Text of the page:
Article  Google Scholar 

Download references

Acknowledgements

This work was supported by NIH grants U19AI057266 (R.A.), R01-AI43866-07 (M.H.), NIAID UM1 AI068618 (M.J.Mc.) and NIAID UM1 AI069481 (M.J.Mc.). The authors acknowledge technical support from R. Karaffa and S. Durham for cell sorting.

Author information

Affiliations

Authors

Contributions

R.A., M.H. and R.S.A. designed and analysed experiments. R.S.A., M.F., and S.Y. performed experiments with all other authors assisting with experiments and data analysis. H.T.K. and D.Z. analysed the genomics data. S.E., S.N. and M.J.Mu. directed the clinical part of human studies. M.J.Mc and K.W.C assisted with analysis of human CD8 T cells. R.S.A., K.W.L., H.T.K., R.A. and M.H. wrote the manuscript, with all authors providing feedback.

Corresponding authors

Correspondence to Marc Hellerstein or Rafi Ahmed.

Ethics declarations

Competing interests

The authors declare no competing financial interests.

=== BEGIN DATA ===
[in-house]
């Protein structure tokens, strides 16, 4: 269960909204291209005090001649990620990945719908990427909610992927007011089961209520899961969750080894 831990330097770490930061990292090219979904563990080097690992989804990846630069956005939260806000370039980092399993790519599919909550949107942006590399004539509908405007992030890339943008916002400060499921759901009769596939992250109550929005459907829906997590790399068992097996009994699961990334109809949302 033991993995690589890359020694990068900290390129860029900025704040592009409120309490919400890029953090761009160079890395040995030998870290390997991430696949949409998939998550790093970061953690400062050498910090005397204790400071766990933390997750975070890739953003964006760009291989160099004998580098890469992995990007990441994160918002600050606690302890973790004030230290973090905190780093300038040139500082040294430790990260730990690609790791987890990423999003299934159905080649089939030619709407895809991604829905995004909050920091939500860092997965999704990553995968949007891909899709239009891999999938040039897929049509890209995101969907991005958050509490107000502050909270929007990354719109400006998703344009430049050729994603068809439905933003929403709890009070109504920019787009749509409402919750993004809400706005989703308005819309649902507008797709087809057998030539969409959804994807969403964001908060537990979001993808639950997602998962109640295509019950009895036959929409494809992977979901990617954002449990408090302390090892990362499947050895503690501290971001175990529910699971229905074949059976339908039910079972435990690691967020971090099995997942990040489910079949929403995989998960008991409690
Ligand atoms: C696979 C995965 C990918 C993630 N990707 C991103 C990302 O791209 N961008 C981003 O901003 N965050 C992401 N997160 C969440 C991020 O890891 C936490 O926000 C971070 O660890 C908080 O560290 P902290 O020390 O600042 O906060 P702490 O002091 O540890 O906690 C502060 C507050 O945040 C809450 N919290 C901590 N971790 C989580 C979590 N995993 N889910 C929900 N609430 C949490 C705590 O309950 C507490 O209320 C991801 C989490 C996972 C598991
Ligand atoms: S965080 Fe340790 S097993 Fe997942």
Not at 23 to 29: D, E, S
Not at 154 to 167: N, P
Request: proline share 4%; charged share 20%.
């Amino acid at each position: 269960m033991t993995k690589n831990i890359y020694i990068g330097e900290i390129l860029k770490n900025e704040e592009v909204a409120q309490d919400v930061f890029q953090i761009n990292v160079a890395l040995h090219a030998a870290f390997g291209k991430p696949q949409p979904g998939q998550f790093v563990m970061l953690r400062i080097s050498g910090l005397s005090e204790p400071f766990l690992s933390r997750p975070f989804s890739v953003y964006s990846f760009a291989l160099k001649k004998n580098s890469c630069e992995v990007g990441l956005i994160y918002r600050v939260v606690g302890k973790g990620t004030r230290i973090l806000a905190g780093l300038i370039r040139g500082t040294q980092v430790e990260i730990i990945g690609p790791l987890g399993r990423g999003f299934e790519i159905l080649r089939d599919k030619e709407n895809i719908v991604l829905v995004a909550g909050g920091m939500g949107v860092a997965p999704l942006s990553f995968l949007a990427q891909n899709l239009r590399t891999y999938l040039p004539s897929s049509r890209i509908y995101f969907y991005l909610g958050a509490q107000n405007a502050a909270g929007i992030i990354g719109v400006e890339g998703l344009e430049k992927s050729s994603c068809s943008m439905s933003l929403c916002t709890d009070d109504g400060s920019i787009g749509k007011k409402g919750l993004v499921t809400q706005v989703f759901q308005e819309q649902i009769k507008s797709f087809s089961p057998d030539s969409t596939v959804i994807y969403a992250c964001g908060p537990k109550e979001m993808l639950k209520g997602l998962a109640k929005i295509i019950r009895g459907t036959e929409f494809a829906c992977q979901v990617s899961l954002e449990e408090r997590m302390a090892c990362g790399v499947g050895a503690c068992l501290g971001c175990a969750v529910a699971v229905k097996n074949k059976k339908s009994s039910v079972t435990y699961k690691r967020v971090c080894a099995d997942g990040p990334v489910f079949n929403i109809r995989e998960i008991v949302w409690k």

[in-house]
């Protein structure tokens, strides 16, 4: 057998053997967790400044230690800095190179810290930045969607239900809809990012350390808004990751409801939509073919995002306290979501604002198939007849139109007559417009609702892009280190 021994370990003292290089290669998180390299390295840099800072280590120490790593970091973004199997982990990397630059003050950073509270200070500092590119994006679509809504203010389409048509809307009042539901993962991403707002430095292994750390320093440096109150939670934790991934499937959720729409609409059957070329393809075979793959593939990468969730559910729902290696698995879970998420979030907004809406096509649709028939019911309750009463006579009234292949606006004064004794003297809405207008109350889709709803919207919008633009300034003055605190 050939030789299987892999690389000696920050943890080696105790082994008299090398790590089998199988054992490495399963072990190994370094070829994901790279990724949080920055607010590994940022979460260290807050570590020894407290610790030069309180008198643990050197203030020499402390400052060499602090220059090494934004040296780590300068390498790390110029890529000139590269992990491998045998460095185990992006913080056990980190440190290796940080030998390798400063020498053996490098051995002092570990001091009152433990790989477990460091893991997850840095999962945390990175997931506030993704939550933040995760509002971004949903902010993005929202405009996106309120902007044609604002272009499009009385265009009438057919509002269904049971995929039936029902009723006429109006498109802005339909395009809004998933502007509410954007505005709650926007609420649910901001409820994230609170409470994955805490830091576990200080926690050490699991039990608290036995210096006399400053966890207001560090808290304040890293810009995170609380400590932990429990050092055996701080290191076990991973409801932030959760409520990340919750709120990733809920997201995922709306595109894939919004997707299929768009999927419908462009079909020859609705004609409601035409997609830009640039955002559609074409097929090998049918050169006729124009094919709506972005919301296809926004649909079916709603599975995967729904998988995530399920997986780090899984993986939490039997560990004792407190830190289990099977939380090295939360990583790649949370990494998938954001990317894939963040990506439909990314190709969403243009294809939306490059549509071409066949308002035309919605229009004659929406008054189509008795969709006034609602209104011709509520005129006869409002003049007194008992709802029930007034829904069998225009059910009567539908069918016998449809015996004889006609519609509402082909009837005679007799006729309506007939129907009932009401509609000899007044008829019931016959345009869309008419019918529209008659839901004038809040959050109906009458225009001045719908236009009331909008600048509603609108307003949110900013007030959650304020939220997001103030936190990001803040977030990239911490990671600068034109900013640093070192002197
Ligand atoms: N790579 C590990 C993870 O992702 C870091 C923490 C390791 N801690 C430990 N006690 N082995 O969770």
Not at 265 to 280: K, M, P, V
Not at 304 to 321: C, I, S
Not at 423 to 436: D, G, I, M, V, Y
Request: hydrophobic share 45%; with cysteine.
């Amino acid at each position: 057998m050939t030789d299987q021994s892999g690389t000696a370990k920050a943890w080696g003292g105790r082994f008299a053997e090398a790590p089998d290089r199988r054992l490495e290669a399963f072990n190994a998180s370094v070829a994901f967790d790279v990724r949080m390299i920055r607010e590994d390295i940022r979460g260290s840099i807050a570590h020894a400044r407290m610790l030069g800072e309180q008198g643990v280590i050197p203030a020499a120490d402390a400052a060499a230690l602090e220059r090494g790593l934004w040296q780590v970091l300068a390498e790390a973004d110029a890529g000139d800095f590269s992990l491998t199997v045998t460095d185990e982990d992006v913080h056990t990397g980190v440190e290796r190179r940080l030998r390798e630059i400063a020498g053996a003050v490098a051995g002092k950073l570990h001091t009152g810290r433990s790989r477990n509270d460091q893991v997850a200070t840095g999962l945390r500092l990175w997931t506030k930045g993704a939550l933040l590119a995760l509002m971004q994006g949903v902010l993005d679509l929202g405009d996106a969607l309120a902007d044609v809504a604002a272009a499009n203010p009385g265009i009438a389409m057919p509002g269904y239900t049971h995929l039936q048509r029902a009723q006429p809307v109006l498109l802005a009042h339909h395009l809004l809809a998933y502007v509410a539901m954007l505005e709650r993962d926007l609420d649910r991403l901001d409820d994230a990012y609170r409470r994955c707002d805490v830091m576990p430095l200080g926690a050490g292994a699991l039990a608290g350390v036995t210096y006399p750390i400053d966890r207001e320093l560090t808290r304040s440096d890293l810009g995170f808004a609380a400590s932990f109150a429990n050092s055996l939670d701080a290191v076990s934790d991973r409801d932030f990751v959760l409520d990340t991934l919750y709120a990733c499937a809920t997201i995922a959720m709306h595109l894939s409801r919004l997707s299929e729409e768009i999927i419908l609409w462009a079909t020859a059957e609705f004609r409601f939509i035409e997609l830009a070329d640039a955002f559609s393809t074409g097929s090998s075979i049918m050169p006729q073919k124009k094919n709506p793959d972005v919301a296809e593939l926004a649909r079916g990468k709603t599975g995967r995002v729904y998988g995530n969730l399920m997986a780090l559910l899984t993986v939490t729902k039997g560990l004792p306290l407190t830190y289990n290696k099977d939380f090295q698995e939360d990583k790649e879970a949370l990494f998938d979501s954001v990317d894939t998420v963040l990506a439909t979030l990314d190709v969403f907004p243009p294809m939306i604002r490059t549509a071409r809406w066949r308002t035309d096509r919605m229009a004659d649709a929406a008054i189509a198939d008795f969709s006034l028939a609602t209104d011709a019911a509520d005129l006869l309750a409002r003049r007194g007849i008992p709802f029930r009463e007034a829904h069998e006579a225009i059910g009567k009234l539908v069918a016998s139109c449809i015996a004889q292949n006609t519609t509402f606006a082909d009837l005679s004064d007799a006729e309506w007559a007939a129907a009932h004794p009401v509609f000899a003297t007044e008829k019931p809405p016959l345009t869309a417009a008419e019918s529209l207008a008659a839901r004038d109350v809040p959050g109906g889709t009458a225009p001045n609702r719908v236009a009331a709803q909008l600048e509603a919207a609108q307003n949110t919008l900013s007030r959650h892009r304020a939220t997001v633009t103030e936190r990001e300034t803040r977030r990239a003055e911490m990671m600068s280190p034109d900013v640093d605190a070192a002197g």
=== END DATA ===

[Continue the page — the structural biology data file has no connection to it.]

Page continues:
Additional information

Publisher's note: Springer Nature remains neutral with regard to jurisdictional claims in published maps and institutional affiliations.

Extended data figures and tables

Extended Data Figure 1 The dynamics of deuterium enrichment in body water.

Deuterium enrichment in body water for each vaccinee in study 1 (n = 10). Plasma or saliva was used to sample body water.

Extended Data Figure 2 Investigating the in vivo kinetics of YFV-specific CD8 T cells using heavy water labelling at a range of stages of the immune response to YFV-17D.

a, Kinetics of the CD8 T cell response tracked by MHC class-I tetramer staining for vaccinees in study 2. b, c, Graphs show dynamics of the deuterium enrichment in body water for each vaccinee in study 2 (b, n = 8) and study 3 (c, n = 8). The period of water intake is indicated by the shaded blue area. d, The cell division rate constant (mean and s.d.) of A2-NS4B214 tetramer+ CD8 T cells. This represents the rate per day of newly divided A2-NS4B214 tetramer+ CD8 T cells during the D2O labelling period. Deuterium incorporation at the end of the water intake period in each study was used for this calculation. e, The percentage of deuterium-labelled A2-NS4B214 tetramer+ CD8 T cells (mean and s.d.) at the end of the water intake period in each study. f, The cell division rate constants of YFV-specific memory CD8 T cells during the maintenance period (same data as in Fig. 2f). Each circle represents data from one donor; horizontal lines show mean and s.e.m. The division rate constants were calculated by dilution kinetics of deuterium enrichment (studies 1 and 2) or by incorporation kinetics of deuterium uptake (study 3).